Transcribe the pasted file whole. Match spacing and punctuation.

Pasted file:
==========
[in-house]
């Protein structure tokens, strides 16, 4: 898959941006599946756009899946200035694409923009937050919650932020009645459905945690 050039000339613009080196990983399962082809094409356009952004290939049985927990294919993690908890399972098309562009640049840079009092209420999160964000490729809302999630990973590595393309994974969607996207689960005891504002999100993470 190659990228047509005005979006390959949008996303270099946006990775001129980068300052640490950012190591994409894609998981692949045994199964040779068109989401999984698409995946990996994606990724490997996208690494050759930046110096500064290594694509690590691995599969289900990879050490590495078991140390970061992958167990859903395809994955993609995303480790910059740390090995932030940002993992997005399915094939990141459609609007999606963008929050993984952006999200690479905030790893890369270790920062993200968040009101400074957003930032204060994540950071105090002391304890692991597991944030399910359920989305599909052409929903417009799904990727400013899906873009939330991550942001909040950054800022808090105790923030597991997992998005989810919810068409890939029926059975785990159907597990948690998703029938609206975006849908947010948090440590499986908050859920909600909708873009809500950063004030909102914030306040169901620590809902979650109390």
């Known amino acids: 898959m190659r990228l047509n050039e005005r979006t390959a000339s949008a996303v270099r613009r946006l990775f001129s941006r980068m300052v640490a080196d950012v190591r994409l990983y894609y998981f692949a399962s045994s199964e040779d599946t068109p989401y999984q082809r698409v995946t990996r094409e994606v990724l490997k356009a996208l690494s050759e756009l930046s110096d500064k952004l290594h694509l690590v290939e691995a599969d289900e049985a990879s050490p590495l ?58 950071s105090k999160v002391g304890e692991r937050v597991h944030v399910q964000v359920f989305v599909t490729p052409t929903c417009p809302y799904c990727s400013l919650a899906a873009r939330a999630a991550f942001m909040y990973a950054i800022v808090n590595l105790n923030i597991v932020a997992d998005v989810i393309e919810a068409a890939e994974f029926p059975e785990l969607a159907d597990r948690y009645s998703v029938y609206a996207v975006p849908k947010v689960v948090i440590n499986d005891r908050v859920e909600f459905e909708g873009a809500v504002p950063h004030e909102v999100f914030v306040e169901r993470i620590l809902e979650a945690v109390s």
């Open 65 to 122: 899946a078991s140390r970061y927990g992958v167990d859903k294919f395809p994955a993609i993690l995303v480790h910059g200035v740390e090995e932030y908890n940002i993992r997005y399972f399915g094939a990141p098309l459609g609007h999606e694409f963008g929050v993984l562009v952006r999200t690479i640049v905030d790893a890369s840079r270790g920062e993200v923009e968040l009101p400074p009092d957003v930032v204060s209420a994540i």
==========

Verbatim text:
[in-house]
């Protein structure tokens, strides 16, 4: 898959941006599946756009899946200035694409923009937050919650932020009645459905945690 050039000339613009080196990983399962082809094409356009952004290939049985927990294919993690908890399972098309562009640049840079009092209420999160964000490729809302999630990973590595393309994974969607996207689960005891504002999100993470 190659990228047509005005979006390959949008996303270099946006990775001129980068300052640490950012190591994409894609998981692949045994199964040779068109989401999984698409995946990996994606990724490997996208690494050759930046110096500064290594694509690590691995599969289900990879050490590495078991140390970061992958167990859903395809994955993609995303480790910059740390090995932030940002993992997005399915094939990141459609609007999606963008929050993984952006999200690479905030790893890369270790920062993200968040009101400074957003930032204060994540950071105090002391304890692991597991944030399910359920989305599909052409929903417009799904990727400013899906873009939330991550942001909040950054800022808090105790923030597991997992998005989810919810068409890939029926059975785990159907597990948690998703029938609206975006849908947010948090440590499986908050859920909600909708873009809500950063004030909102914030306040169901620590809902979650109390």
């Known amino acids: 898959m190659r990228l047509n050039e005005r979006t390959a000339s949008a996303v270099r613009r946006l990775f001129s941006r980068m300052v640490a080196d950012v190591r994409l990983y894609y998981f692949a399962s045994s199964e040779d599946t068109p989401y999984q082809r698409v995946t990996r094409e994606v990724l490997k356009a996208l690494s050759e756009l930046s110096d500064k952004l290594h694509l690590v290939e691995a599969d289900e049985a990879s050490p590495l ?58 950071s105090k999160v002391g304890e692991r937050v597991h944030v399910q964000v359920f989305v599909t490729p052409t929903c417009p809302y799904c990727s400013l919650a899906a873009r939330a999630a991550f942001m909040y990973a950054i800022v808090n590595l105790n923030i597991v932020a997992d998005v989810i393309e919810a068409a890939e994974f029926p059975e785990l969607a159907d597990r948690y009645s998703v029938y609206a996207v975006p849908k947010v689960v948090i440590n499986d005891r908050v859920e909600f459905e909708g873009a809500v504002p950063h004030e909102v999100f914030v306040e169901r993470i620590l809902e979650a945690v109390s």
């Open 65 to 122: 899946a078991s140390r970061y927990g992958v167990d859903k294919f395809p994955a993609i993690l995303v480790h910059g200035v740390e090995e932030y908890n940002i993992r997005y399972f399915g094939a990141p098309l459609g609007h999606e694409f963008g929050v993984l562009v952006r999200t690479i640049v905030d790893a890369s840079r270790g920062e993200v923009e968040l009101p400074p009092d957003v930032v204060s209420a994540i």